Behind the Scenes: Even Before Orientation Week

Welcome back to Alma College for another fresh year of classes, events, games, library crying sessions, and late-night Netflix binges. Hopefully by now you’re all settled in and ready to rock and roll.

I’ve been here for two weeks and I’ll have you know that I do NOT feel settled in at all. Mostly because I can never remember where I put my pot for making Monster University shaped Kraft macaroni and cheese. It’s become a problem.

There were a lot of groups on campus that have been here for two weeks: the marching band, the football team, the cheerleading squad, and countless others.

I don’t take part in any of these prestigious groups. I come to Alma two weeks early because I’m an RA. (I know, I was one last year too, and the year before. Crazy, right?)

I’ve blogged about the RA hiring process, how it’s really fun but really scary, but what actually happens when you become an RA? I mean, when I became an RA my sophomore year, I had no idea what to expect. I went out and bought a bunch of stuff at Target to fill up my double and now I have so much stuff in storage I don’t want to think about it. But what comes after that?

RA training is what comes after that.

I think I could write about RA training for forever, because there’s just so much to write about. Alma has five RA staffs; Newberry, Gelston, Bruske, Mitchell, and South Complex, where I happily reside. Each staff except Gelston has ten members and a Hall Director (Gelston has eight RAs). We all move in on the same day, get to know each other as a whole group of 48 campus leaders, and then we meet with our individual staffs to learn all about each other so we don’t kill each other later in the year.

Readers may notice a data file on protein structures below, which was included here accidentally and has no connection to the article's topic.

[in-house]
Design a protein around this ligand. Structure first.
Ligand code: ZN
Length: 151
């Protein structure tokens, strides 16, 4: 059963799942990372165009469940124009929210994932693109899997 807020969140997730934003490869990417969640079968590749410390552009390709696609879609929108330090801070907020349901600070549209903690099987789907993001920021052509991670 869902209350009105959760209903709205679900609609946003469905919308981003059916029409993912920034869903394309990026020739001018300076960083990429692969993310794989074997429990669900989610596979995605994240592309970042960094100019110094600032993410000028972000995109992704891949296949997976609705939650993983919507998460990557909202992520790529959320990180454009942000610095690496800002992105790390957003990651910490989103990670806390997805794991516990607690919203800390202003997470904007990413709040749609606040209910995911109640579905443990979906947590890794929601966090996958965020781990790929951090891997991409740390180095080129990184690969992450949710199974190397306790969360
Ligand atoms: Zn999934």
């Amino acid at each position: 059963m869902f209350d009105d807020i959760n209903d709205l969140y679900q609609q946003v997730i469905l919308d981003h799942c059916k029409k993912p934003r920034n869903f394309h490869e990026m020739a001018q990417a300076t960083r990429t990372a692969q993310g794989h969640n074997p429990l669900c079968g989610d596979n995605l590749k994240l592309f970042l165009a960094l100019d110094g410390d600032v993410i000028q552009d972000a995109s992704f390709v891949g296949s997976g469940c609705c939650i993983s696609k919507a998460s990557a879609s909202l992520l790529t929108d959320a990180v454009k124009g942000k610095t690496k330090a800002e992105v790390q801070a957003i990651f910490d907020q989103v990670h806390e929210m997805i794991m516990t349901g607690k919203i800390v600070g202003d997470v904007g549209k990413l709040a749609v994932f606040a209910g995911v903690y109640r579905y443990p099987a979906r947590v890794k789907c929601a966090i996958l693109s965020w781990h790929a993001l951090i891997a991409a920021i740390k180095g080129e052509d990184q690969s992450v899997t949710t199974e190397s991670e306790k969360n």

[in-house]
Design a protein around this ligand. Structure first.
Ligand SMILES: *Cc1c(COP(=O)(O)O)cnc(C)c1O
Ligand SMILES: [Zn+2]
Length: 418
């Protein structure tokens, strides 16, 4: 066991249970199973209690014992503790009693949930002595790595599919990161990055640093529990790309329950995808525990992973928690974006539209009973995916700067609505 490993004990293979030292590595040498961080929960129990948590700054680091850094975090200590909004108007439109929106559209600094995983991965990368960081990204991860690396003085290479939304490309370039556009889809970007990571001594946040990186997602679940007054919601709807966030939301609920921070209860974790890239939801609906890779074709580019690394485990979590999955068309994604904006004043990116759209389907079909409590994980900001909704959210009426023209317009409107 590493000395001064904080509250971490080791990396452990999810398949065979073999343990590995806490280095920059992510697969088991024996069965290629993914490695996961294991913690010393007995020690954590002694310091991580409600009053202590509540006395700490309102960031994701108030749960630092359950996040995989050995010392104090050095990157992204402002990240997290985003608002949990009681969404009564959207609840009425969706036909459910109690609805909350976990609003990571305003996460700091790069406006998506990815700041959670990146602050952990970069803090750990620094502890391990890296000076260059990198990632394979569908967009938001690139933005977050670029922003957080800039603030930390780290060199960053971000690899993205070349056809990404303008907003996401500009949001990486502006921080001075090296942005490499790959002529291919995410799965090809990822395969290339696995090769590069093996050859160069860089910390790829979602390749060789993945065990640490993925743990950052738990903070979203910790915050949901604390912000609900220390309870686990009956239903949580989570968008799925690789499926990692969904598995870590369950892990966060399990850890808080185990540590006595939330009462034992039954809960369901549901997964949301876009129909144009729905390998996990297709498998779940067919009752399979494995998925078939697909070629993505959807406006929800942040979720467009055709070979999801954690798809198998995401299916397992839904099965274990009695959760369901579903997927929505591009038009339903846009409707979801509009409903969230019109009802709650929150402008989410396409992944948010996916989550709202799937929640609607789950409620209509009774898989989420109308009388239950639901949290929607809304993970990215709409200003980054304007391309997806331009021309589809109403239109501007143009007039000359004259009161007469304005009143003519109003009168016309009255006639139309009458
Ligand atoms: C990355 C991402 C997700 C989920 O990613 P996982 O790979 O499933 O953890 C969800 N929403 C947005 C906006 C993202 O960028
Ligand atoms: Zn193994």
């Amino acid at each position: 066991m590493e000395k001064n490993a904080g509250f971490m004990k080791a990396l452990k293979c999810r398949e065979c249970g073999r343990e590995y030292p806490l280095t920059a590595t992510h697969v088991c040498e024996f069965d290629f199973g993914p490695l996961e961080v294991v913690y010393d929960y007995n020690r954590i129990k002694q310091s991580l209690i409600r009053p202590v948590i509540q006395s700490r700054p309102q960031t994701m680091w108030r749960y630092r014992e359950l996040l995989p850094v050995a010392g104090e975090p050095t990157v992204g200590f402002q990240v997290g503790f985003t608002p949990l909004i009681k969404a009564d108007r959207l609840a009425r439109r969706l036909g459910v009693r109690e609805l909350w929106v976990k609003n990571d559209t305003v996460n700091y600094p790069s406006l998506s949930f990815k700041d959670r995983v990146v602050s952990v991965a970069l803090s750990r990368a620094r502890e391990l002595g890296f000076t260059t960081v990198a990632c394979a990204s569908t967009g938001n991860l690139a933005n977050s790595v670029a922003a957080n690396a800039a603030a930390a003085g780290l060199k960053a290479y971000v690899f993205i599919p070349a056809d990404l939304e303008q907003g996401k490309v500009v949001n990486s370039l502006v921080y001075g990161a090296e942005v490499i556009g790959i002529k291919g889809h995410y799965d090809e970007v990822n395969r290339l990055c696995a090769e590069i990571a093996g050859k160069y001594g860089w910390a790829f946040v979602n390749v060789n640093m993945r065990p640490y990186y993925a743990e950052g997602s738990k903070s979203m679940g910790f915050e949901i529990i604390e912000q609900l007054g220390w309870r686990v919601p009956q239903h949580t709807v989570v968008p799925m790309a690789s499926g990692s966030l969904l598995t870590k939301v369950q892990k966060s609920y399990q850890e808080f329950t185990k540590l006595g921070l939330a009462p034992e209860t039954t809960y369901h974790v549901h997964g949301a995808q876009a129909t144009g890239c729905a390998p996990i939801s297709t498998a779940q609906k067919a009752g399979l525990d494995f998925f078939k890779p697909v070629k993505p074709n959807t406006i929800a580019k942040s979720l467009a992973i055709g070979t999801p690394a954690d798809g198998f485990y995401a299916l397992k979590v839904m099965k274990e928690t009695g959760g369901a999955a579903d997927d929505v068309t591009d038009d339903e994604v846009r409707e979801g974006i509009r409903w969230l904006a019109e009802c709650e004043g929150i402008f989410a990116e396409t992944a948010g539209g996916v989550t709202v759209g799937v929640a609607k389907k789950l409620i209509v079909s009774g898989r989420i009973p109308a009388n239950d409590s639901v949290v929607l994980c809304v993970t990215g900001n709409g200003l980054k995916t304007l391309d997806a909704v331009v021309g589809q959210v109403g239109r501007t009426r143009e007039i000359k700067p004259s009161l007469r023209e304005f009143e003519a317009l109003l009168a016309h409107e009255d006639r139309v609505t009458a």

When I first became an RA, I didn’t realize exactly how close I would become to my RA staff. The nine people that I work with, though they have shuffled in and out over the past three years, are my best friends and my support. They know practically everything about me, and I know practically everything about them. Without the support of the entire RA staff, the residence halls wouldn’t function. And we spend a lot of time at RA training bonding as a staff, particularly at Camp Henry.

At Camp Henry, I spent the day doing team building activities like throwing one of my staff members over a ten foot rope web. We practiced archery, we kayaked together (with lots of kayak tipping and splashing) and we helped each other up a giant 50-foot Jacob’s ladder. I wasn’t afraid of heights until I climbed it. (I also sliced open my foot in the lake, but that’s a different story.)

When we’re not at Camp Henry or having staff time at our Hall Director’s house or having a field day at the zoo, all of the RAs come together in classrooms in Dow and SAC and learn about campus resources and all kinds of things that help us be the best we can be for you guys when you need us. Barbara Otey (’14) and I did a presentation on mental health awareness, we sit through sessions about the CSO and Counseling, Health, & Wellness, and we sit through countless other resource presentations. We learn how to deal with just about anything and everything you can imagine: underage drinking, bats in the hallway (trust me on this one), suicide, depression, roommates that refuse to shower, and illegal flame throwers.